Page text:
Double trouble: COVID plus bad behavior in class equals a recipe for disaster

Traditional ways of disciplining students—including corporal punishment—must be examined and revised in order to effect lasting changes in behavior.
By: | September 16, 2021
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Teaching remotely. Learning new technology. Juggling childcare and the job. Teachers have had to deal with a lot over the past 18 months, since the onset of the pandemic. Add figuring out how to properly discipline students in the current climate to the list.

With the resumption of in-person learning—and all the drama surrounding whether to mask or not—comes the responsibility of disciplining unruly, disruptive, and in some cases outright belligerent students. Add to that the fact that so many of these students are also burdened with having to cope with the stress, disruption, and weariness with the pandemic-induced restrictions they have been experiencing, and the workday becomes even more taxing for teachers. How they can, and do, handle it often depends on where in the country they work.

In May, educator, writer and advocate Tate Henderson Aldrich wrote on educationpost.org about a bill proposed by Louisiana State Rep. Gabe Firment (R) that would ban corporal punishment in public schools, disallowing the practice of state-sanctioned paddling. The bill did not pass.

The American Psychological Association and the American Academy of Pediatrics both oppose corporal punishment, with researchers asserting that “paddling students can induce toxic stress…resulting in impulsivity, defiance and cognitive problems.” Yet 19 states still permit administrators to paddle students; among those states, reported Aldrich, 70% of all paddlings occur in Texas, Louisiana, Mississippi and Arkansas. In Arkansas in 2021, discipline policies in 67% of school districts continue to endorse hitting students—for everything from excessive tardies to “rough play.”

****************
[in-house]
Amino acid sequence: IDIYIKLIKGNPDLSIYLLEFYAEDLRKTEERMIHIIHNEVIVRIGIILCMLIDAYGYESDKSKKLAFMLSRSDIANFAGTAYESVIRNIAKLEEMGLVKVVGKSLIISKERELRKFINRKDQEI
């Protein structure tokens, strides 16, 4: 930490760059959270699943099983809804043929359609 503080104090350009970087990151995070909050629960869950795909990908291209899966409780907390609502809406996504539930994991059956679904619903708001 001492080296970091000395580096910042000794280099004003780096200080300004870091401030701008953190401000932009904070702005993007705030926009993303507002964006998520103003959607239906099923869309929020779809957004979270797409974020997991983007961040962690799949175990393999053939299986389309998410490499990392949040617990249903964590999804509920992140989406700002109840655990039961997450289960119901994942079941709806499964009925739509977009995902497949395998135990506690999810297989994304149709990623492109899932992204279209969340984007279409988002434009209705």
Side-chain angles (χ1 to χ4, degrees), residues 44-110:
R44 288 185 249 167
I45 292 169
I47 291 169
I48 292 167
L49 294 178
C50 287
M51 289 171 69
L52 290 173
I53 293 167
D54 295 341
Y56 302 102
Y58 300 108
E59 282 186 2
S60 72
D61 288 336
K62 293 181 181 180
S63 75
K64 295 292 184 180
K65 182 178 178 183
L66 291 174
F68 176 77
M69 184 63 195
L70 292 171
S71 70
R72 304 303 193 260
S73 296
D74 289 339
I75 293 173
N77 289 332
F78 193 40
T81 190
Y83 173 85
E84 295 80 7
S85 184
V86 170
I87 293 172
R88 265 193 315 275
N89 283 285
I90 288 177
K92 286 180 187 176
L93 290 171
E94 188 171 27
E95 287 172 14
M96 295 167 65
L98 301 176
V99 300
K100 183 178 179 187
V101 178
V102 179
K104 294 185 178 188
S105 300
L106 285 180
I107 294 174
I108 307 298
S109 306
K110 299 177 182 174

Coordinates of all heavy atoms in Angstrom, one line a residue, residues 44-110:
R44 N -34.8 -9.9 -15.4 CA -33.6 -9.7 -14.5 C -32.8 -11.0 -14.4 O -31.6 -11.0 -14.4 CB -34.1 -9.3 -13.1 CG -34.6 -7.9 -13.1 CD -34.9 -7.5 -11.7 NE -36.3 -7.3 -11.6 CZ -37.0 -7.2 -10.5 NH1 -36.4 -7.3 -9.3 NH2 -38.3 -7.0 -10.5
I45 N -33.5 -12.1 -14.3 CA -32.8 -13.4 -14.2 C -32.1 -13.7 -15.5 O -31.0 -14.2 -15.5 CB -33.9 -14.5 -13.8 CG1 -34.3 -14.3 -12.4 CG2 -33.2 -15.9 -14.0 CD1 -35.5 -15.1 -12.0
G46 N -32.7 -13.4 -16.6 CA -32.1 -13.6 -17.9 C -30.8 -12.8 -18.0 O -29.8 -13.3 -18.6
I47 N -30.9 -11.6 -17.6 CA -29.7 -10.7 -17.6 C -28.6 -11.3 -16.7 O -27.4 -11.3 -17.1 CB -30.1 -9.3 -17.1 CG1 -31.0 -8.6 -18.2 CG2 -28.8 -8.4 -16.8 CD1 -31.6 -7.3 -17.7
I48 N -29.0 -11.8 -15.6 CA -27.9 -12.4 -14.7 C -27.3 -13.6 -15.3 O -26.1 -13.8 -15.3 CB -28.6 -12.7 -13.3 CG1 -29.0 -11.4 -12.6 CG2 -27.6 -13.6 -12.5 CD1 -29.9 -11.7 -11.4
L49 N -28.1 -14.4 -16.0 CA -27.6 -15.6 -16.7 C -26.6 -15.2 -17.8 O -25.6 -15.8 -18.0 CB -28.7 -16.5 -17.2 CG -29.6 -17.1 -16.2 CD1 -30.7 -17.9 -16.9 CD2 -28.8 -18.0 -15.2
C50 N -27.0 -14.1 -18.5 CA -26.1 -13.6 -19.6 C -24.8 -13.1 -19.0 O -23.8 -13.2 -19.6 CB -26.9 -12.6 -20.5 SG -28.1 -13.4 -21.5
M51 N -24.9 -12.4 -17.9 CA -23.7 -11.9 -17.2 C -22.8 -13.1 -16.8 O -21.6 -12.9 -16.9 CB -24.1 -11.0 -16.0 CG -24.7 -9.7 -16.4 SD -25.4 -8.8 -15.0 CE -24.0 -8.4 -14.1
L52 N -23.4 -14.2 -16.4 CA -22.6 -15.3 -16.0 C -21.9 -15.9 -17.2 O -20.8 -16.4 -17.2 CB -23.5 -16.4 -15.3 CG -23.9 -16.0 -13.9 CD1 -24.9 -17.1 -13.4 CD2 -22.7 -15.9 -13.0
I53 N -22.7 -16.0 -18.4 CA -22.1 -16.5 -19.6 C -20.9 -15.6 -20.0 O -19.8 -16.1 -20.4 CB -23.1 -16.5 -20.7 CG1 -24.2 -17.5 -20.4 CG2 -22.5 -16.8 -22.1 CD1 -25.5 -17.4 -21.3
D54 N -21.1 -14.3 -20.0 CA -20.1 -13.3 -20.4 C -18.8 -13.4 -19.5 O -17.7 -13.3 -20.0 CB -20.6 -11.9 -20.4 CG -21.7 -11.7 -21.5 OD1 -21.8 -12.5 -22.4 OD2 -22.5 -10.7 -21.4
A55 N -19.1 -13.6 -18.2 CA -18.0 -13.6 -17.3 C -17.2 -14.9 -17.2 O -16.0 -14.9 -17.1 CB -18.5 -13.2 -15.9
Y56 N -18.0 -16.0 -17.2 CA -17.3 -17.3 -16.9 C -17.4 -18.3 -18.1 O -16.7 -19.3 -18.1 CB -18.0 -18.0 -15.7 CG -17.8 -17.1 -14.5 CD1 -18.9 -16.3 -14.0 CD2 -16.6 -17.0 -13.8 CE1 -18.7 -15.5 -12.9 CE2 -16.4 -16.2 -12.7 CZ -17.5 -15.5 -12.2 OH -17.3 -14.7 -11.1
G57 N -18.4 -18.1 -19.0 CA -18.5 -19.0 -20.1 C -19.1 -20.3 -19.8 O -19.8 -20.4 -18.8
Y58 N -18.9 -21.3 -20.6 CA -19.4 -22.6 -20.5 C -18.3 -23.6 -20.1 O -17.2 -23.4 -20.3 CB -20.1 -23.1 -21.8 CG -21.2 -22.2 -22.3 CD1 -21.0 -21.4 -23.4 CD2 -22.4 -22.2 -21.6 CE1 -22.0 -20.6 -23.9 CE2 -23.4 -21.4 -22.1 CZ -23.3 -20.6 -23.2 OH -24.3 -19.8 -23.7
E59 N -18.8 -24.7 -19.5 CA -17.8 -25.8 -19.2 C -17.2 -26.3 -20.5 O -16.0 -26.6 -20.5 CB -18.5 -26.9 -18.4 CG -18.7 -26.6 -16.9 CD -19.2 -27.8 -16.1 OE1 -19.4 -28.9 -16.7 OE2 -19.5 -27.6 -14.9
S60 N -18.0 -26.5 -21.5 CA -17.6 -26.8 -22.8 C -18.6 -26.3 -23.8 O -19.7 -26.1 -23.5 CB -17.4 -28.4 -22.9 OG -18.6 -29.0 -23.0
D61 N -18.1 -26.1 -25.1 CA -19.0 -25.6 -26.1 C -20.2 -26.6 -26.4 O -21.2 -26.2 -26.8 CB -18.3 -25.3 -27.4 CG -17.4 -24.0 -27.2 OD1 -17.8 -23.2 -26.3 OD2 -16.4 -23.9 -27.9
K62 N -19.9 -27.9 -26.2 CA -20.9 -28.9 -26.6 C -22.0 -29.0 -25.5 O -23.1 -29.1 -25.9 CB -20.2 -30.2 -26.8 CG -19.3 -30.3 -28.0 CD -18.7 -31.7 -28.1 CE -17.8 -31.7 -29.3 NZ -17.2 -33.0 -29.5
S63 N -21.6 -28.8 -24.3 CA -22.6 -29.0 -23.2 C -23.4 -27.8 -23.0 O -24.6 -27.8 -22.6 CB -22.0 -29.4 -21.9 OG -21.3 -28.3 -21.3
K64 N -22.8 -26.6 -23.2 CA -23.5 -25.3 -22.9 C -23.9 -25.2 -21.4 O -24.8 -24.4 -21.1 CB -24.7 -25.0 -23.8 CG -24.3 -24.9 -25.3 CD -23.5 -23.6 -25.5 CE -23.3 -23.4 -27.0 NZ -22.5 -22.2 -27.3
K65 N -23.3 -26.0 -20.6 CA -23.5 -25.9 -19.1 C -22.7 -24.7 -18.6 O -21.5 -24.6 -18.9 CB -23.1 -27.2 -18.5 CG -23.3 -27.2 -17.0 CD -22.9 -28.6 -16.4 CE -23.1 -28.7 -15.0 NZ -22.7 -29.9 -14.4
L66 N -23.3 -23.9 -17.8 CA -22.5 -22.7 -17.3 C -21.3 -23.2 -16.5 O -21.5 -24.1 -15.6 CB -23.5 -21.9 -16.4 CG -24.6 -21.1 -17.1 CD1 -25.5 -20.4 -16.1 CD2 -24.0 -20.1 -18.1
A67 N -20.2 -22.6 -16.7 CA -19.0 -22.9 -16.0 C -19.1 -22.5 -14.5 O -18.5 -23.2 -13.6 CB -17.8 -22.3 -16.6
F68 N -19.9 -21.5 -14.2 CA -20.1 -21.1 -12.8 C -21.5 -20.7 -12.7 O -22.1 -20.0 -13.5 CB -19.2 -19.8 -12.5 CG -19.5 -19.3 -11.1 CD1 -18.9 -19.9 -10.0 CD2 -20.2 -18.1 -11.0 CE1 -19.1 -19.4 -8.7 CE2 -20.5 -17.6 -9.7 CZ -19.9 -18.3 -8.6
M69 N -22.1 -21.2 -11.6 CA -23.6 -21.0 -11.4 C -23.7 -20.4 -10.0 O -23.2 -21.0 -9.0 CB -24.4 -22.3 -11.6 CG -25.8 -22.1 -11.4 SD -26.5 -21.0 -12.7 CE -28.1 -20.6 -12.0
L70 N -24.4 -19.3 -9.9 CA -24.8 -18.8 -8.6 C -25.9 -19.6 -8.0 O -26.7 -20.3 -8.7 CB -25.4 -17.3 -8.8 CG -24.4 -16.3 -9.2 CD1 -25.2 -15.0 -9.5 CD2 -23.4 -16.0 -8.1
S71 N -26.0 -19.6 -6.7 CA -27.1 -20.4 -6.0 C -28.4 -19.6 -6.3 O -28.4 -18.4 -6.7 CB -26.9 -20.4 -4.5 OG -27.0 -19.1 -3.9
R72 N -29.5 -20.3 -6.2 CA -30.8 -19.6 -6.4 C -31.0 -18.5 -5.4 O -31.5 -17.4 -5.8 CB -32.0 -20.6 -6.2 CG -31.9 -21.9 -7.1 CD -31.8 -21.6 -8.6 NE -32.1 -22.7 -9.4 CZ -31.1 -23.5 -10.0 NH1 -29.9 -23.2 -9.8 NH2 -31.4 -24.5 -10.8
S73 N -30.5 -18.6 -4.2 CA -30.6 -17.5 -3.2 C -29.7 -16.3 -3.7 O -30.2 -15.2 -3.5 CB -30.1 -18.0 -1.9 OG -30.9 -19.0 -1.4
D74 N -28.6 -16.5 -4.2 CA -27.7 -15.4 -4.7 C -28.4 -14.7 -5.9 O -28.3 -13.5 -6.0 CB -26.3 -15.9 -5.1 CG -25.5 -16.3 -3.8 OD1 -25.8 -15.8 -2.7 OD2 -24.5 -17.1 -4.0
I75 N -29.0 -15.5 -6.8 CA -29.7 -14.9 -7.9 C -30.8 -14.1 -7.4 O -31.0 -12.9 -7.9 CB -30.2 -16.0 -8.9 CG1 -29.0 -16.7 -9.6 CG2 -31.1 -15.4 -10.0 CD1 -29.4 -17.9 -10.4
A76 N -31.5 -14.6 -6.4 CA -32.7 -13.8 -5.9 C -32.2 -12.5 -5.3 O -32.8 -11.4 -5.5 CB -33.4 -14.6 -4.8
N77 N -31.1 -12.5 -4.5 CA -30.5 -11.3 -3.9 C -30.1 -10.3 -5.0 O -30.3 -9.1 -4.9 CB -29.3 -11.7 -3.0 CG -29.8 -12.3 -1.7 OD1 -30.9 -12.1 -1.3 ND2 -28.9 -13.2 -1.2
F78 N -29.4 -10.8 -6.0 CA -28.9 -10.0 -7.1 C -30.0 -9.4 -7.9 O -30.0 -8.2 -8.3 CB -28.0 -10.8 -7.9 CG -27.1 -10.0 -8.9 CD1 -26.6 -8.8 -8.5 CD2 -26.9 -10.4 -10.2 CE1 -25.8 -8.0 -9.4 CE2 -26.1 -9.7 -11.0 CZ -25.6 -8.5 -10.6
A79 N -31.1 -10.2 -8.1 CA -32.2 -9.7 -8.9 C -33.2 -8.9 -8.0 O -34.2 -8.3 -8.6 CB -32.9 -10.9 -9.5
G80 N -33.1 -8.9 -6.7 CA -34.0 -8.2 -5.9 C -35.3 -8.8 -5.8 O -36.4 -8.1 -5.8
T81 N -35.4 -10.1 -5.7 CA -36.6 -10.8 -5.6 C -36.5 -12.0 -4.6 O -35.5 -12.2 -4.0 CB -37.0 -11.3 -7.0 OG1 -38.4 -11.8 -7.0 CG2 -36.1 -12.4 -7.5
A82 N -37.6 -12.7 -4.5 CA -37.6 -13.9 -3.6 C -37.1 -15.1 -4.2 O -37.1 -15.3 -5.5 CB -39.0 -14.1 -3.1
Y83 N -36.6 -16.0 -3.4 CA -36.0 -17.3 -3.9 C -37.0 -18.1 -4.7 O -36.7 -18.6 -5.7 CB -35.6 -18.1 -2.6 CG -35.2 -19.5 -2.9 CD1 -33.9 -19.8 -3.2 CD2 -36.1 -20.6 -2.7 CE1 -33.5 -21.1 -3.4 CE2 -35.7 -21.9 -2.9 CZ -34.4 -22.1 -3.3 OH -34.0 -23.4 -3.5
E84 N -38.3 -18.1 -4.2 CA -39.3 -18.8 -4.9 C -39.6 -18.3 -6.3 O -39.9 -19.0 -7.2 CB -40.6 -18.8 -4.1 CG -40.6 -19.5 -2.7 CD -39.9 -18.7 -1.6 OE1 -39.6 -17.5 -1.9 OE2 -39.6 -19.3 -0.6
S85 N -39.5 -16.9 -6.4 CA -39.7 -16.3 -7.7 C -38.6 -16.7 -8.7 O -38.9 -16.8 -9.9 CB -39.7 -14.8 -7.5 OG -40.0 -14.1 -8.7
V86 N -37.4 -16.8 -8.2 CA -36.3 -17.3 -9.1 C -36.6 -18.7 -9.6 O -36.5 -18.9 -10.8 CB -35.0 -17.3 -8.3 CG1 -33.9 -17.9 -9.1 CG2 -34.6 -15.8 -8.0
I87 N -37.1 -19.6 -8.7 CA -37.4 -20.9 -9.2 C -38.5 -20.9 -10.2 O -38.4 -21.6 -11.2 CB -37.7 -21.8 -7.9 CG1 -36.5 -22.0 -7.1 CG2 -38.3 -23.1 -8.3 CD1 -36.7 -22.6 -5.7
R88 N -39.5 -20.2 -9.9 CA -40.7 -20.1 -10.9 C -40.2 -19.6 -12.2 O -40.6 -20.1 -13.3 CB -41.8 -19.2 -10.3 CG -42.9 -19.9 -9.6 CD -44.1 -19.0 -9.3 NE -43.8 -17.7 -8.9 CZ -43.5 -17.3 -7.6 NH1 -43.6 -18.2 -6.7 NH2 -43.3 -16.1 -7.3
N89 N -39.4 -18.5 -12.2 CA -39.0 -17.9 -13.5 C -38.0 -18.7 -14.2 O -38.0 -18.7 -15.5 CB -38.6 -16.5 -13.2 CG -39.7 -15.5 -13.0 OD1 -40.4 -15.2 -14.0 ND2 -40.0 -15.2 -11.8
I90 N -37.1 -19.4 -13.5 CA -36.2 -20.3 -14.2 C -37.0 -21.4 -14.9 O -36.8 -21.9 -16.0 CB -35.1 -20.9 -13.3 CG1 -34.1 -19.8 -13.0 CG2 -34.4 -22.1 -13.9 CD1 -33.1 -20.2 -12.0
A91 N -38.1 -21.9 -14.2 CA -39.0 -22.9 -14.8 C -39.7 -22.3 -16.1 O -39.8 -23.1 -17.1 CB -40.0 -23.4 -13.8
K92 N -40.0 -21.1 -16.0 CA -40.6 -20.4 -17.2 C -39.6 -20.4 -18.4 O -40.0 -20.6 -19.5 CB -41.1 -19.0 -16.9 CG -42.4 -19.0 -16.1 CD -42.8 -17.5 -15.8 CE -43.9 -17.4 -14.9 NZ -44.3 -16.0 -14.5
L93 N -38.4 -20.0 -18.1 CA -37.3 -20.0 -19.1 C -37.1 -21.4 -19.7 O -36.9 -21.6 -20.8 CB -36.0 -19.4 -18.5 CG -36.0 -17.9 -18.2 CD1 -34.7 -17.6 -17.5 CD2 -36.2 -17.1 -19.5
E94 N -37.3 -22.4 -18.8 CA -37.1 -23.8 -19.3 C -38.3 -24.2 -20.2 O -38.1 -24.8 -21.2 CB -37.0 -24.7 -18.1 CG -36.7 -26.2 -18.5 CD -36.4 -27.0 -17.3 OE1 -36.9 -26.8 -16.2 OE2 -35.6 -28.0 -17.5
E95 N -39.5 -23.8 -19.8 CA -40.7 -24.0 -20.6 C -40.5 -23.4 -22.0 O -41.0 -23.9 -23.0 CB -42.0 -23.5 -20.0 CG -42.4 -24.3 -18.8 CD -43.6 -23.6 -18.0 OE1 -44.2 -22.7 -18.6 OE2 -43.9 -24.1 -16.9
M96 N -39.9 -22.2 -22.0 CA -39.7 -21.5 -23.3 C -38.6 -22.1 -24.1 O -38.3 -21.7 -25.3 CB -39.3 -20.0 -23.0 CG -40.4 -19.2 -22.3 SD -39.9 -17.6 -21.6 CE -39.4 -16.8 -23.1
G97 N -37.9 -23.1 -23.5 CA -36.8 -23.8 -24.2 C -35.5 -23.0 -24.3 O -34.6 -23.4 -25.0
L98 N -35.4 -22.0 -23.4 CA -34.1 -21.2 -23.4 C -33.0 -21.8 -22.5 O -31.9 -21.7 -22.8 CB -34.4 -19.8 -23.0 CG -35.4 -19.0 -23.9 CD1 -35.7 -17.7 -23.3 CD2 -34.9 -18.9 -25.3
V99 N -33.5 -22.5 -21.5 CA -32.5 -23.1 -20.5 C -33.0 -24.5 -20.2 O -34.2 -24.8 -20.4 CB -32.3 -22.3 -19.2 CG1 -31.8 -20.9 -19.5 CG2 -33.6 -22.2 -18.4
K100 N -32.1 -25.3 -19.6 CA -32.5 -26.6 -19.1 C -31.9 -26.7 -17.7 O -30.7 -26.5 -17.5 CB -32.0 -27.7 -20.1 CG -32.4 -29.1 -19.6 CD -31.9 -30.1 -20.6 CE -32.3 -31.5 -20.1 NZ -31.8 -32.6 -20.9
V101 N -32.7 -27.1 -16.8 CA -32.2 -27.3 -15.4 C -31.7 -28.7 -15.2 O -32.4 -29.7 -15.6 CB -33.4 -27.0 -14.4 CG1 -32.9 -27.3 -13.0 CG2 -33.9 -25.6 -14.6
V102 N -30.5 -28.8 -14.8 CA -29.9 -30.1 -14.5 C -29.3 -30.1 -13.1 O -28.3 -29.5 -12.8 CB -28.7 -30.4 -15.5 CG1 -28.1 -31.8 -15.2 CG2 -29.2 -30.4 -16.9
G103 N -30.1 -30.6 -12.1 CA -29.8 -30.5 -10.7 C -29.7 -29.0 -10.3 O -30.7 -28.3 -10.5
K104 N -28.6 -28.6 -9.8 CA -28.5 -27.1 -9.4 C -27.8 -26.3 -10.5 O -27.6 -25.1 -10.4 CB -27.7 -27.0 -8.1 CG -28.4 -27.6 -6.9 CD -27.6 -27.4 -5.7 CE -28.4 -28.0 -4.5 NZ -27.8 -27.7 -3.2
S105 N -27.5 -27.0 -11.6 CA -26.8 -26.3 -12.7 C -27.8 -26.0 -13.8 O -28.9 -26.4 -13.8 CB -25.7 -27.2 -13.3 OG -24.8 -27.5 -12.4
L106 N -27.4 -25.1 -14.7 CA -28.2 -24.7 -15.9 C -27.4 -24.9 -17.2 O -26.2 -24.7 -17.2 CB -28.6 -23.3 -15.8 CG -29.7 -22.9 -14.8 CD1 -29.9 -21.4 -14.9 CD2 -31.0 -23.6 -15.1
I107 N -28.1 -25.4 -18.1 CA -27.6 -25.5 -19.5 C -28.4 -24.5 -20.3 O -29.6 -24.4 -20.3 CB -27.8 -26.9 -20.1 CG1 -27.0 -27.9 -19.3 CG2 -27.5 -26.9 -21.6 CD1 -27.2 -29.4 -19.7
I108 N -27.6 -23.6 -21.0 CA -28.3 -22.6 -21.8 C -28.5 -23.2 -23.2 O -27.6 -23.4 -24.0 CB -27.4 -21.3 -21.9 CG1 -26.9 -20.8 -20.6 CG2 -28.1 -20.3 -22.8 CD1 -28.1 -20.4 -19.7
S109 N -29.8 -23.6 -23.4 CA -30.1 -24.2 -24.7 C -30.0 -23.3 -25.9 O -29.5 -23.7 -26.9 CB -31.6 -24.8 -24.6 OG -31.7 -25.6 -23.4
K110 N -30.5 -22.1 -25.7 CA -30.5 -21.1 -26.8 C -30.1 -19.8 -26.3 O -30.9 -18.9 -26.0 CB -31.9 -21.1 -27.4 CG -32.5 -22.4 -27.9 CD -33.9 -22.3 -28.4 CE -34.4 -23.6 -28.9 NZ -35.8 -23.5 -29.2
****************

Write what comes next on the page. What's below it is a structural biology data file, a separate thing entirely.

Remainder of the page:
“By definition, spanking is intended to cause bodily pain as a way of correcting or punishing a child’s conduct,” writes Susan H. Bitensky in Corporal Punishment of Children: A Human Rights Violation. “Most child-care experts agree that spanking does absolutely nothing to further the main disciplinary goals of developing the child’s conscience and inclination toward peaceful conflict resolution.”


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Zero-tolerance policies, which may include being kicked out of the classroom, calling in school security or even suspension—for arguably minor infractions like refusing to turn off a cell phone, speaking out of turn, or, more currently,  improperly wearing a mask—are also considered excessive in their severity, as they often result in inequities such as Black and Brown students being punished more often and more harshly than others for breaking the same rules as White students. In addition, writes Raymond Pierce, President and CEO of the Southern Education Foundation, in “Ain’t Misbehavin’—How Do We Handle Student Discipline?”, those policies not only don’t work, but they’re also detrimental to student learning and undermine education equity.

This emphasizes the need for comprehensive SEL training for both students and teachers, whose training traditionally has focused more on how to discipline student misbehavior than on taking a positive approach; for example, forging positive teacher-student relationships. Above all else, writes Tricia Maas on EdSurge, education leaders need to establish high-trust environments in their schools; leaders may begin this work by implementing an SEL program for adults that helps staff members build trust, manage stress and attend to equity.

Alternatives to the aforementioned disciplinary measures that are supported by research include:

  1. Replacing zero-tolerance policies for low-level offenses with strategies that teach social-emotional skills.
  2. Providing targeted support for educators to help them learn proactive classroom management and other approaches that encourage and enforce positive classroom behavior.
  3. Providing training on implicit bias for all teachers and administrators, school resource officers, police, juvenile court judges and others who deal with youth.
  4. Developing and implementing a model school discipline policy that clarifies when educator discipline vs. law enforcement discipline is warranted.
  5. Creating relationship-centered schools that support strong family and community engagement.

Aiming to discipline, rather than punish, can create sustainable changes in behavior. In the states and districts that have successfully adopted these approaches, according to a National Center for Education Statistics’ Indicators of School Crime and Safety survey, schools have become safer.

As we begin to recover from recent events and the continuing pandemic, Maas says, many education leaders are reconsidering their systemic approaches, and some are calling to “reclaim” SEL’s power and promise.

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